Rhinocerous tree ...

Rhinocerous tree …

Soon the track becomes a surfaced road ; keep right in the hamlet of Labriana, then through Benoudiana and a final stretch into Kandanos, where there are several excellent tavernas to rest and relax whilst waiting for the ‘bus back to Paleochora.

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lynneInevitably, after five years and approaching seventy articles, “Explore” will move further away from, but always within easy reach of Paleochora. The walk through the Sirikari Gorge to Polyrrinia is a case in point, with a scenic drive of 45km through Dris and Strovles to Topolia, then branching left through Aikirgiannis and Kalathenes to park 1 km beyond Sirikari at the prominent church of Ag. Konstantinos, well worth the hour or so it takes to reach there.

The way-marked path from here to Polyrrinia is one of the easiest gorge walks in Crete, contouring above the valley, reaching the end in c. 1.5 hours, with a further half hour into the village. Then there is, if you’ve driven there, the problem of how to get back. Lynne and I solved this by driving to Kastelli, and once taking a taxi to Sirikari, another time reaching the village by bus. Tavernas in Polyrrinia will arrange a taxi to Kastelli, another couple of hours away on foot. You could always walk back the same way, or alternatively return by the Koliana Gorge (see below.) Best of all is for a kind friend to drive you there, and meet you later in Polyrrinia.

Start at Ag. Konstantinos

Start at Ag. Konstantinos

Having sorted all this out, let’s set off, through the gate opposite the church, then following green waymarking, steeply at first, on a path down through mixed woodland to another gate and a wider track. (Note this point if you return the same way.) Then turn right, passing a farmhouse, beyond which the path leads gently down the valley. Below, and across the valley, is Sineniana, picturesque but isolated.

Billy Goat 'Gruff'

Billy Goat ‘Gruff’

The path meets the stream at a well-sited picnic table, rises to pass a wooden memorial plaque (another wartime atrocity took place here), then drops to a narrow stone bridge, reminiscent of British “pack-horse” bridges, and a smaller version of the one at Mahia.

The old stone bridge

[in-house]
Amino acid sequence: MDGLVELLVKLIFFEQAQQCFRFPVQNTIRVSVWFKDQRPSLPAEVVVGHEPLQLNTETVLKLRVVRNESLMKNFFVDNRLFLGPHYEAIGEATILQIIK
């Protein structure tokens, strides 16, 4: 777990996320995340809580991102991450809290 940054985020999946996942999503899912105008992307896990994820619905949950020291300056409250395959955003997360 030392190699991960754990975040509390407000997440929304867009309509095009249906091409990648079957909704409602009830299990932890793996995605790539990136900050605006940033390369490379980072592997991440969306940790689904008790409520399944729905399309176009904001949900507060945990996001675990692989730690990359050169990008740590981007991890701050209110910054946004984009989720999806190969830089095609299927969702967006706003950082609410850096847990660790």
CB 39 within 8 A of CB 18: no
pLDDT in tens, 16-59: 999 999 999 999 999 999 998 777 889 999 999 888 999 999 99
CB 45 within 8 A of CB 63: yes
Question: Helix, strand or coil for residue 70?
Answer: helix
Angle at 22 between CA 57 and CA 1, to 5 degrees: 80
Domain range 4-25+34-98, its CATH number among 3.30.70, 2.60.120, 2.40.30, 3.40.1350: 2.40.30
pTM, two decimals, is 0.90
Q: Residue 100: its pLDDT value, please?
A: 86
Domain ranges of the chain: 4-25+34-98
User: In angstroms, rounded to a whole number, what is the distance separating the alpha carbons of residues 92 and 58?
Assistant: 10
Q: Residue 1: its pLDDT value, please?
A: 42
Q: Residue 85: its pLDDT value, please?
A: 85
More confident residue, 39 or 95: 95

The old stone bridge

The Koliana Gorge enters from the right here, a useful (and enjoyable, but longer and more arduous) route back to the start. It will take two hours, keeping mainly to the streambed, waymarked with red dots, intermittent at first but clearer towards the end. As a bonus, it finishes at “H Kactania”, where you can rest, before a 10-minute walk back to your car. See ‘footnote’.

Heading north ...

Heading north …

 

and looking back south

and looking back south

From the stone bridge, a track becomes a road and leads to Polyrrinia, where you can easily spend a whole afternoon exploring the village and antiquities, as well as climbing to the Acropolis, at 420m, for a magnificent view over Kissamos Bay.

View from Polyrenia 'summit'

View from Polyrenia ‘summit’

Dating back to Minoan and Mycenaean eras, Polyrrinia became an important city under Dorian rule, and similarly later during the Roman occupation. The fortification walls were repaired during the Byzantine period, and later during the Venetian rule. It’s a fascinating place to wander around, with signs indicating Roman aqueducts still in use today, beautiful Venetian archways, and the more recent (1894) Church of the Holy Fathers.

Visit you must !

Visit you must !

There are several tavernas for refreshments, and if open, the “Old Kafenion” is recommended for English-style afternoon tea & cakes, as well as being an Information Point for the village.

Footnote
Before reaching Ag. Konstantinos, or on your return, be sure to call in at “H Kactania” (meaning ‘chestnuts’) in Sirikari village. Stelios and Argyro will make you most welcome, and tell you more about this delightful area whilst you relax with coffee at the start, or sample their own ‘raki’ at the end of your walk.